Rothbard supported the presidential campaign of Pat Buchanan in 1992, and wrote that "with Pat Buchanan as our leader, we shall break the clock of social democracy." When Buchanan dropped out of the Republican primary race, Rothbard then shifted his interest and support to Ross Perot, who Rothbard wrote had "brought an excitement, a verve, a sense of dynamics and of open possibilities to what had threatened to be a dreary race." Rothbard ultimately supported George Bush over Bill Clinton in the 1992 election.
Rothbard held strong opinions about many Leaders of the civil rights movement. He considered black separatist Malcolm X to be a "great black leader" and integrationist Martin Luther King to be favored by whites because he "was the major restraining force on the developing Negro revolution." Rothbard praised Malcolm X for "acting white" through use of his intellect and wit, and contrasted him favorably with the "fraudulent intellectual with a rococo Black Baptist minister style, "Dr." King". But while he compared Malcolm X's black nationalism favorably to King's integrationism, and for a time praised black nationalism, in 1993 he rejected the vision of a "separate black nation", asking "does anyone really believe that ... New Africa would be content to strike out on its own, with no massive "foreign aid" from the U.S.A.?" Rothbard also suggested that opposition to King, whom he demeaned as a "coercive integrationist", should be a litmus test for members of his "paleolibertarian" political movement.
After Rothbard's death in 1995 Lew Rockwell, President of the von Mises Institute, told The New York Times that Rothbard was "the founder of right-wing anarchism". william F. Buckley, Jr. wrote a critical obituary in the National Review criticizing Rothbard's "defective judgment" and views on the Cold War. The Ludwig von Mises Institute published Murray N. Rothbard, In Memoriam which included memorials from 31 individuals, including libertarians and academics. Journalist Brian Doherty summarizes Buckley's obituary as follows: "when Rothbard died in 1995, his old pal william Buckley took pen in hand to piss on his grave." Hoppe, Rockwell and Rothbard's colleagues at the Mises Institute took a different view, arguing that he was one of the most important Philosophers in history.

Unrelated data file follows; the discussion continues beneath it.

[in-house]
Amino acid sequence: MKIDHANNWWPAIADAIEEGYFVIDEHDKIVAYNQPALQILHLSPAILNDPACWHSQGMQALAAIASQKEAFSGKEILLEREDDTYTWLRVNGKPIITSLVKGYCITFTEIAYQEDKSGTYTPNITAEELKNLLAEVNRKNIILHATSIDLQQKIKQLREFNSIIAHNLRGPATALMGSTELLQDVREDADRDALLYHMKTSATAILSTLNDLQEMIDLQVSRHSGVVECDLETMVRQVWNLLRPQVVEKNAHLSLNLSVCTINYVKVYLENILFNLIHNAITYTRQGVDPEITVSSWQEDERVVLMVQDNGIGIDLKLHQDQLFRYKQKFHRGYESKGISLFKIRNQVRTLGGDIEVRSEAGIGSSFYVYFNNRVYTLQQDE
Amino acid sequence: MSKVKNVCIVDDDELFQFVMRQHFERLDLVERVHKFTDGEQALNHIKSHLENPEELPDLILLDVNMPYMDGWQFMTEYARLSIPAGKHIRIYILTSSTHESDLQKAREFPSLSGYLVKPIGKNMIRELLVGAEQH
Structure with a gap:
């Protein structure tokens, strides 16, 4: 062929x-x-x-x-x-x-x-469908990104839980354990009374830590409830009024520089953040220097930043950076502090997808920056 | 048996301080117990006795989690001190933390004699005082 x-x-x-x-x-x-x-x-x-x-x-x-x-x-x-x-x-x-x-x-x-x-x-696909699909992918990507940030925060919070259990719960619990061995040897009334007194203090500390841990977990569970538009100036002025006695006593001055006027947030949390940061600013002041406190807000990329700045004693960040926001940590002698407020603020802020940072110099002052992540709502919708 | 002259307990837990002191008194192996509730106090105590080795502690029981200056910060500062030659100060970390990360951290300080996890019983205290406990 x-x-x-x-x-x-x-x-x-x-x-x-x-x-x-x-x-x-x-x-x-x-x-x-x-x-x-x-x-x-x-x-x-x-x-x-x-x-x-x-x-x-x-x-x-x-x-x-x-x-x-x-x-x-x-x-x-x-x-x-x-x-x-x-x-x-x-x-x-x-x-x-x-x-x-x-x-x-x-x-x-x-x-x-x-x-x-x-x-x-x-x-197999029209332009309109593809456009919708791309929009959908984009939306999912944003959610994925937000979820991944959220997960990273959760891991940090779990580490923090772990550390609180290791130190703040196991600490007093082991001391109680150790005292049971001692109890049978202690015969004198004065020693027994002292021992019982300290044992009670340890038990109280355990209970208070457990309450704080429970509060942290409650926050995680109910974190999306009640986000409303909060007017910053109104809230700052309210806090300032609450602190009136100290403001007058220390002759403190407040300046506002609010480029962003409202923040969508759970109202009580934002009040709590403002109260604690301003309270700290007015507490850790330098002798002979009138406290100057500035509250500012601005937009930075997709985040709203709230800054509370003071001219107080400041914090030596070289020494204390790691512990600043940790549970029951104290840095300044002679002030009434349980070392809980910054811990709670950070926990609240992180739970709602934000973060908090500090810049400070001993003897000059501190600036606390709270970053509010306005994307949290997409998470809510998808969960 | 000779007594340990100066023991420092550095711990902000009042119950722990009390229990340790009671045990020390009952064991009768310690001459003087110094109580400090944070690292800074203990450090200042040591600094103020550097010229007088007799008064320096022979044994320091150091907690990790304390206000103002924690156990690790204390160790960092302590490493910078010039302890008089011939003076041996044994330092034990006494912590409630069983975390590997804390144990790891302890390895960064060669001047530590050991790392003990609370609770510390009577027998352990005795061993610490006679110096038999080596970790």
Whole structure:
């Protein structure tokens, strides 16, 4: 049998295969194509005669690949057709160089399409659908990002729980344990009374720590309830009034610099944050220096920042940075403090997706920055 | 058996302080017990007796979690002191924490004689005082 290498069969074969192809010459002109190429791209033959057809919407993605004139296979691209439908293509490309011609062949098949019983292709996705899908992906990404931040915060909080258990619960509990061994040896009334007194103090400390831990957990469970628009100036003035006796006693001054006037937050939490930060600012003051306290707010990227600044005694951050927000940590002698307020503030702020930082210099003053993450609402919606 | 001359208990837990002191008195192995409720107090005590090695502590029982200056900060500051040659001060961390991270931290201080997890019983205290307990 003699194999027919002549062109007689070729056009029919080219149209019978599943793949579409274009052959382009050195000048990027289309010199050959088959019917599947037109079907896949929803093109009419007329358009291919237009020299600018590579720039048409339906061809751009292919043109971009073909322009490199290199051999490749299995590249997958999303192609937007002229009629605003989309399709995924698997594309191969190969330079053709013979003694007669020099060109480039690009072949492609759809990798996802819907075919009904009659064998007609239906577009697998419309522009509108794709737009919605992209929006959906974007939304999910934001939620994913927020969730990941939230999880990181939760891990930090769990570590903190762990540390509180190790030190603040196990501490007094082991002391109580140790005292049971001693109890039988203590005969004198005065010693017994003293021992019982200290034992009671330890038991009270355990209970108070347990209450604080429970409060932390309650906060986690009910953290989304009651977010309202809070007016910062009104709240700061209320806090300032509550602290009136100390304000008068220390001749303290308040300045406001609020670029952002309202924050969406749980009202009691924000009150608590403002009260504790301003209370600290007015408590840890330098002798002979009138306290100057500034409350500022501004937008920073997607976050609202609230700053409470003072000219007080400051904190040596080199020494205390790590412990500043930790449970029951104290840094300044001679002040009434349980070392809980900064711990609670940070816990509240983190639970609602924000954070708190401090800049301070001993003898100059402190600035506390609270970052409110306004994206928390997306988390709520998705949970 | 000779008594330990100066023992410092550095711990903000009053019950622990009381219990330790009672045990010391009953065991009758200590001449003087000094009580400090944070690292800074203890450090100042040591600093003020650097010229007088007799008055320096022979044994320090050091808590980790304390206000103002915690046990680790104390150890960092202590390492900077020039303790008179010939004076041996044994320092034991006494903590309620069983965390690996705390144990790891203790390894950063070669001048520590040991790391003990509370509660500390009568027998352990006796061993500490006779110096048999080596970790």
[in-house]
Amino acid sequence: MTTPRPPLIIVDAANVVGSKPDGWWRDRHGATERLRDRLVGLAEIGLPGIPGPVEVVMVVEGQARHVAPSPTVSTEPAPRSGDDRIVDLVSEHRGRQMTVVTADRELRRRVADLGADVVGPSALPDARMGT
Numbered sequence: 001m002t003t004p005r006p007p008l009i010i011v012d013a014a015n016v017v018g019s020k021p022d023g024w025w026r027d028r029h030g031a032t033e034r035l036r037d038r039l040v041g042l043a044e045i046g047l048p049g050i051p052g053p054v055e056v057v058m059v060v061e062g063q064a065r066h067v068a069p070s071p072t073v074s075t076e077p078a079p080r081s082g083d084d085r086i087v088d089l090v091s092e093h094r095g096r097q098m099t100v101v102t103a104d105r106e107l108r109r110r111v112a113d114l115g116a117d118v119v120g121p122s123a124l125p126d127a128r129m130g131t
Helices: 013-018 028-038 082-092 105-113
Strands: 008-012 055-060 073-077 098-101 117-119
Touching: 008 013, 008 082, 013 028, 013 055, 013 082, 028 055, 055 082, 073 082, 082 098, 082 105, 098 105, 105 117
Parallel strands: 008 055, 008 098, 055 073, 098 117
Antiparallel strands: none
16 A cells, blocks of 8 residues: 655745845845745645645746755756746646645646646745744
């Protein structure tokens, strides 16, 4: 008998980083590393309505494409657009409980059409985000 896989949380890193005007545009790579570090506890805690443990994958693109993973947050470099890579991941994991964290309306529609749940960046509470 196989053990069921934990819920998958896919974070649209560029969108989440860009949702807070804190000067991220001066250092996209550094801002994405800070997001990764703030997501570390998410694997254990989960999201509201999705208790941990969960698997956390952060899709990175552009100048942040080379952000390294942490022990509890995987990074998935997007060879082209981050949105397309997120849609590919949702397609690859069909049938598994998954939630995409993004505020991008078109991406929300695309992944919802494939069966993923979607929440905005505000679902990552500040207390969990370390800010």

In a 2011 article critical of Rothbard's "reflexive opposition" to inflation, The Economist noted that his views are increasingly gaining influence among politicians and laypeople on the Right. The article contrasted Rothbard's categorical rejection of inflationary policies with the monetary views of "sophisticated Austrian-school monetary economists such as George Selgin and Larry White, [who] follow Hayek in treating stability of nominal spending as a monetary ideal—a position not all that different from Mr Sumner's".
Rothbard consistently advocated for abolition of the subpoena power, court attendance, contempt of court powers, coerced testimony of witnesses, compulsory jury duty, and the bail system, arguing that all these functions of the judiciary were violations of natural rights and American Common law. He instead advocated that until a defendant is convicted he or she should not be held in prison or jails, writing "except in those cases where the Criminal has been caught red-handed and where a certain presumption of guilt therefore exists, it is impossible to justify any imprisonment before conviction, let alone before trial. And even when someone is caught red-handed, there is an important reform that needs to be instituted to keep the system honest: subjecting the police and the other authorities to the same law as everyone else. If everyone is supposed to be subject to the same Criminal law, then exempting the authorities from that law gives them a legal license to commit continual aggression. The policeman who apprehends a Criminal and arrests him, and the judicial and penal authorities who incarcerate him before trial and conviction—all should be subject to the universal law." Rothbard argued that police who make wrongful arrests or indictments should be charged with kidnapping.